Please Note: This article is written for users of the following Microsoft Excel versions: 2007, 2010, 2013, 2016, 2019, and Excel in Office 365. If you are using an earlier version (Excel 2003 or earlier), this tip may not work for you. For a version of this tip written specifically for earlier versions of Excel, click here: Forcing Editing to Be Done in a Cell.
by Allen Wyatt
(last updated November 16, 2019)
Rodolfo knows that he can configure Excel to allow editing in both the Formula bar and the cell itself, but he wants to configure it so that editing can be done only in the cell, not in the Formula bar.
There is no way to do this in Excel. The closest you can come is to make sure that cell editing is enabled (so that editing can be done in either the Formula bar or the cell) and then hiding the Formula bar. You can hide the Formula bar by these steps:
Figure 1. The Advanced options in the Excel Options dialog box.
If you prefer, you can also programmatically turn off the Formula bar for a specific worksheet. You can do this by using the following two macros, which should be assigned to the code for the specific worksheet you want to affect. (You can display the proper code window by right-clicking the worksheet's tab and selecting View Code from the resulting Context menu.)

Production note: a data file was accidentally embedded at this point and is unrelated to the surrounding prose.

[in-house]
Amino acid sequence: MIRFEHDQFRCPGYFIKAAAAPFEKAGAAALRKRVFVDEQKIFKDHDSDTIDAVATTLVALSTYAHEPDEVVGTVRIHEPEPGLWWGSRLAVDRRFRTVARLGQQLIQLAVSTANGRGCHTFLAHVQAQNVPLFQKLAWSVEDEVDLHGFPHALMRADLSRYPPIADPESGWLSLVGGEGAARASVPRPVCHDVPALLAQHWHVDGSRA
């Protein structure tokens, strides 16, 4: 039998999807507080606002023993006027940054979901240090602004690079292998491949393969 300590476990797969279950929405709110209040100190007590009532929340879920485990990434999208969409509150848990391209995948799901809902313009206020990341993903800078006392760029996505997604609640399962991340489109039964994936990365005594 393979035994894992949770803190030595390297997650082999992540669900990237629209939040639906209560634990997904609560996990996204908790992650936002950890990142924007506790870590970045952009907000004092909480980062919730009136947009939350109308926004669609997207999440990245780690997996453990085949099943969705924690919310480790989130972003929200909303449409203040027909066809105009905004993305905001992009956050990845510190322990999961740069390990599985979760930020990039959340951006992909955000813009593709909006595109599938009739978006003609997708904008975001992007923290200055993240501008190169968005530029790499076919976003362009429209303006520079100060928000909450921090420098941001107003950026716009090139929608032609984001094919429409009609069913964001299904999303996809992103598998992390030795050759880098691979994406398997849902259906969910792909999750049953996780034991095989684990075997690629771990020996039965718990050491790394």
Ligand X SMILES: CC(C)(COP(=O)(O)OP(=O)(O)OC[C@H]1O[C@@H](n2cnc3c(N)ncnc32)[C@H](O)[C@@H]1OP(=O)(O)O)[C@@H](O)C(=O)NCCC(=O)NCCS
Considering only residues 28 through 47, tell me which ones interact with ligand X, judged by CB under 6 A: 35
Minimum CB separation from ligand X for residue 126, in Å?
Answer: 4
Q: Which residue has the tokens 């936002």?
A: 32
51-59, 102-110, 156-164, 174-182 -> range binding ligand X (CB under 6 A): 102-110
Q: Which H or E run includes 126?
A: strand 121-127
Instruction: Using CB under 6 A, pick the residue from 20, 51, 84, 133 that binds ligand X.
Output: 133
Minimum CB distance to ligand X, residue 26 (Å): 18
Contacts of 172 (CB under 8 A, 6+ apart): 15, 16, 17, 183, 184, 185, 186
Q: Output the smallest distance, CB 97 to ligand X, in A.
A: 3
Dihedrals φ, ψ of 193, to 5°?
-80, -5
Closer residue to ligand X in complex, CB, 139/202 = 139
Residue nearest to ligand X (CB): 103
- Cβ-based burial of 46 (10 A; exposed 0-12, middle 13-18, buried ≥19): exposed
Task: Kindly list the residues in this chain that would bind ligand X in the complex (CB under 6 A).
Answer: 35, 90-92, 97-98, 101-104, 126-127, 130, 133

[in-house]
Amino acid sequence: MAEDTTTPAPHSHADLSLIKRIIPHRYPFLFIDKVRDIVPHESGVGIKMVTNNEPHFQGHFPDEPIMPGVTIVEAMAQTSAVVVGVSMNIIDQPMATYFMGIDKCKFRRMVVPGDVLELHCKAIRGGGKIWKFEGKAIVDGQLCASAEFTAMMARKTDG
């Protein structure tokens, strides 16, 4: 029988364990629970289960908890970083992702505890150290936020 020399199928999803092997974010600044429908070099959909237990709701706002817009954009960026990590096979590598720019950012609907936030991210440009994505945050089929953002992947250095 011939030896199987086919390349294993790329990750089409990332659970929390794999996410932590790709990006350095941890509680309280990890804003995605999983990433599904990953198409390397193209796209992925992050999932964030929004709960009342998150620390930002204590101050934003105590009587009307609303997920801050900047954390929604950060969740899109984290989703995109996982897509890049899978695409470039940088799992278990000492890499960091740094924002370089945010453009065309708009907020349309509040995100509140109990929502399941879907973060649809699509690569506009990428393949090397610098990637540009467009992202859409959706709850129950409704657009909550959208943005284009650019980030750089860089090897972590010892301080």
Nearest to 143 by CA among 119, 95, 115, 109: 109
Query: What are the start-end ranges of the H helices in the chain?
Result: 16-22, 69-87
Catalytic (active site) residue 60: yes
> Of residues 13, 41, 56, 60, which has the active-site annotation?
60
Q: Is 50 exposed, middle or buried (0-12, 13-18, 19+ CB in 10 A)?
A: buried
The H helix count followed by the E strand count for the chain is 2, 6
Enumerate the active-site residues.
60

Private Sub Worksheet_Activate() Application.DisplayFormulaBar = False End Sub
Private Sub Worksheet_Deactivate() Application.DisplayFormulaBar = True End Sub
The first macro turns off the Formula bar when the worksheet is activated, and the second turns it back on when the worksheet is deactivated (when another worksheet is selected).
ExcelTips is your source for cost-effective Microsoft Excel training. This tip (9095) applies to Microsoft Excel 2007, 2010, 2013, 2016, 2019, and Excel in Office 365. You can find a version of this tip for the older menu interface of Excel here: Forcing Editing to Be Done in a Cell.
Create Custom Apps with VBA! Discover how to extend the capabilities of Office 2013 (Word, Excel, PowerPoint, Outlook, and Access) with VBA programming, using it for writing macros, automating Office applications, and creating custom applications. Check out Mastering VBA for Office 2013 today!
Need to limit the number of characters that can be entered into a cell? One easy way to do it is through the use of Data ...Discover More
Excel supports several types of dashes. This tip describes those different types and explains how to enter them in a cell.Discover More
If you need to swap the contents of two cells in your worksheet, Excel provides a number of ways you can approach the ...Discover More
FREE SERVICE: Get tips like this every week in ExcelTips, a free productivity newsletter. Enter your address and click "Subscribe."
Got a version of Excel that uses the ribbon interface (Excel 2007 or later)? This site is for you! If you use an earlier version of Excel, visit our ExcelTips site focusing on the menu interface.